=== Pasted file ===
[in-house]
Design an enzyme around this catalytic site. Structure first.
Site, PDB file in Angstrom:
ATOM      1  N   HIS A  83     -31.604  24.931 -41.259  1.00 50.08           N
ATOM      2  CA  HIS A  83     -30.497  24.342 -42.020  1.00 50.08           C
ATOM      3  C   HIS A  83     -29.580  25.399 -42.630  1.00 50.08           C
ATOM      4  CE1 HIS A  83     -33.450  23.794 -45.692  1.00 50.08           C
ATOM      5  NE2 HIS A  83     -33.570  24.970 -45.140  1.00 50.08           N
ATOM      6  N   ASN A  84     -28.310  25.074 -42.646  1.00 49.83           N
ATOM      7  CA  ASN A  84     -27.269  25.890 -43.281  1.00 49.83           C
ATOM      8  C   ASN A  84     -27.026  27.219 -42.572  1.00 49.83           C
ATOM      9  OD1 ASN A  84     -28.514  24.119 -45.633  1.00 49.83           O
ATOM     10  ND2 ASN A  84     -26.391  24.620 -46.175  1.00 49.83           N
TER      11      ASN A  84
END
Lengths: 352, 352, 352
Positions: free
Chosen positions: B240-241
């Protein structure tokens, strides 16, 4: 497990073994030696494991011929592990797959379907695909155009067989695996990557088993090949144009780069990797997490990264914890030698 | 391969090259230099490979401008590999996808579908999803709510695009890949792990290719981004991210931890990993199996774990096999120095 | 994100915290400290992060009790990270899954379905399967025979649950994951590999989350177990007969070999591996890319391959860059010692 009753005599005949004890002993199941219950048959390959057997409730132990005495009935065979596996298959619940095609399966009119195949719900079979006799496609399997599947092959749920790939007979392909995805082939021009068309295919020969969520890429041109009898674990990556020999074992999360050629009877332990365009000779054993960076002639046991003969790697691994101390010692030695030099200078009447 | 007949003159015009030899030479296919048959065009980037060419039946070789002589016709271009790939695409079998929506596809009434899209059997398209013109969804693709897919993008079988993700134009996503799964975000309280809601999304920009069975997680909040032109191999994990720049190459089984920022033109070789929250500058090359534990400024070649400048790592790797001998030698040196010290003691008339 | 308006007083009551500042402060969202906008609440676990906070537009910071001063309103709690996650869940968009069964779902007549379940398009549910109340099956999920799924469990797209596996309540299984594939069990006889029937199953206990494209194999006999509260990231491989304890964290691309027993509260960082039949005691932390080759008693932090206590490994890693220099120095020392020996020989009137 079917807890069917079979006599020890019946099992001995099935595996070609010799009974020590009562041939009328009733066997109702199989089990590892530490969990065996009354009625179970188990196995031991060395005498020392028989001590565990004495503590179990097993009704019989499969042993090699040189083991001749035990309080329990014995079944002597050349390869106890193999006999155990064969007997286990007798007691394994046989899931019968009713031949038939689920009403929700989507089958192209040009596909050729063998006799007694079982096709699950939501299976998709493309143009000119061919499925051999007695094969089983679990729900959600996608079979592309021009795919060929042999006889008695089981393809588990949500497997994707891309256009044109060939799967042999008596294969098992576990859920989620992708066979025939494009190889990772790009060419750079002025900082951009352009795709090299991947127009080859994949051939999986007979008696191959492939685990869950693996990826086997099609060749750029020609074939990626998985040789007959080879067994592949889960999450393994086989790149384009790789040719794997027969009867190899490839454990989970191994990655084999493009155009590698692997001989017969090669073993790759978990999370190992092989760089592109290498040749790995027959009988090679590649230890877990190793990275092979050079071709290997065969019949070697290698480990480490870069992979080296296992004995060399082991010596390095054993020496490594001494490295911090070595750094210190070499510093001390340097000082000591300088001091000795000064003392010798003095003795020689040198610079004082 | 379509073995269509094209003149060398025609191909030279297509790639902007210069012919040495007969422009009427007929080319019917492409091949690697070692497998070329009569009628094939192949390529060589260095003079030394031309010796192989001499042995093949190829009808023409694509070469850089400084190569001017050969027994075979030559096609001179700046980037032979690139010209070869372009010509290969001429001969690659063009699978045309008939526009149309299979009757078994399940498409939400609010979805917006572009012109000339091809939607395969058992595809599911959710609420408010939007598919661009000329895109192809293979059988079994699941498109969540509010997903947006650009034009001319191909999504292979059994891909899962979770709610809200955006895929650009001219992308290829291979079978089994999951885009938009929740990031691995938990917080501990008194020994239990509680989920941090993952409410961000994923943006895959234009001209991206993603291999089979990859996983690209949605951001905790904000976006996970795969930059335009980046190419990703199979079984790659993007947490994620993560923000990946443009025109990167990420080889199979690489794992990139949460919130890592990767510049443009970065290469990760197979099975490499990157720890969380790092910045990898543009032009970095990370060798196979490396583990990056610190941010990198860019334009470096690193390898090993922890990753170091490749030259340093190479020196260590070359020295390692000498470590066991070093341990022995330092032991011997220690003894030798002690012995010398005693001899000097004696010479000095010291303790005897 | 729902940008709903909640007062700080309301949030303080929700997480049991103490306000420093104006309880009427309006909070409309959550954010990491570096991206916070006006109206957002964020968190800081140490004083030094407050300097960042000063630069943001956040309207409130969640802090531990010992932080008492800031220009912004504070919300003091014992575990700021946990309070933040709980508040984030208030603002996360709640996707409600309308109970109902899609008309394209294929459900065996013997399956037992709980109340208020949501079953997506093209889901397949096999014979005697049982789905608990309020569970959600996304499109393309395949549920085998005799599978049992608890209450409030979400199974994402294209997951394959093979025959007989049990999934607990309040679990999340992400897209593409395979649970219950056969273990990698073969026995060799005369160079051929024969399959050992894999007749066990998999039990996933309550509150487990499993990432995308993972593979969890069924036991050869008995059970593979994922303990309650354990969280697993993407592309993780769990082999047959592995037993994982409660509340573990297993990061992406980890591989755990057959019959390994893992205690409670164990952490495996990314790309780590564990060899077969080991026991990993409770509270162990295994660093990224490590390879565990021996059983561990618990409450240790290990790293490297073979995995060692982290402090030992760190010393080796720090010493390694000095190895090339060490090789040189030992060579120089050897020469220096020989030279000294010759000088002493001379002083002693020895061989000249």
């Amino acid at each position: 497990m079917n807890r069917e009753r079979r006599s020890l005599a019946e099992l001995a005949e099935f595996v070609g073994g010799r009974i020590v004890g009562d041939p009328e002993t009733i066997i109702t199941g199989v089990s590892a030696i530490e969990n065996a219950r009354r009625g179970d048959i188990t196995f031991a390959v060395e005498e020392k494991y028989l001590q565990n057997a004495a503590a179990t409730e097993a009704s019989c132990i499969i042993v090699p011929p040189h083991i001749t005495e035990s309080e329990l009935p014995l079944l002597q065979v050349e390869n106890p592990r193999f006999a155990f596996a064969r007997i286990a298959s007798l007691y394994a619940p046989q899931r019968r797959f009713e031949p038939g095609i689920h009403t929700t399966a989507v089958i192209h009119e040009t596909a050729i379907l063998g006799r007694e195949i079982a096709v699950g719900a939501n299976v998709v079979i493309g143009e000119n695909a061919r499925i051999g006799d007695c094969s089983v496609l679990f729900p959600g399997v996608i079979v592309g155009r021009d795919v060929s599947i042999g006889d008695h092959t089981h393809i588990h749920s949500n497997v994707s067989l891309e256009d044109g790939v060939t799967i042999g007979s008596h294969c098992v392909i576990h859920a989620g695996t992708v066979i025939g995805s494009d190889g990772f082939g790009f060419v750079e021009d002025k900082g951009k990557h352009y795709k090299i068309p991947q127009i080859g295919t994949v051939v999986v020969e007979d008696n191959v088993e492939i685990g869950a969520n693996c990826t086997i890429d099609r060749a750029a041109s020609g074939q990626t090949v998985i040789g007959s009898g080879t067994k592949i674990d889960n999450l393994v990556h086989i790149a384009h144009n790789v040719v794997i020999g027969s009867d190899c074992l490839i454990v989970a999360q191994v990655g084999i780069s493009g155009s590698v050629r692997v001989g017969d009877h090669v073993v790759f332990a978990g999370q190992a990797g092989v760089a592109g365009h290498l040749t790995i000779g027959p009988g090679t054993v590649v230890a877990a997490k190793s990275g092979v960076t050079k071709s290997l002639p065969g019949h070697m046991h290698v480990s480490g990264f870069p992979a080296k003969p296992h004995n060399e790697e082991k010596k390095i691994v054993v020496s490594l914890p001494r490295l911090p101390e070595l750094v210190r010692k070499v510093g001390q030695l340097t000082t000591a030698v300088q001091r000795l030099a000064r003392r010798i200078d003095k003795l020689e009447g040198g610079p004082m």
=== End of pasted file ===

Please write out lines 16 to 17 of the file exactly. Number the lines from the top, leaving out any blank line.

Lengths: 352, 352, 352
Positions: free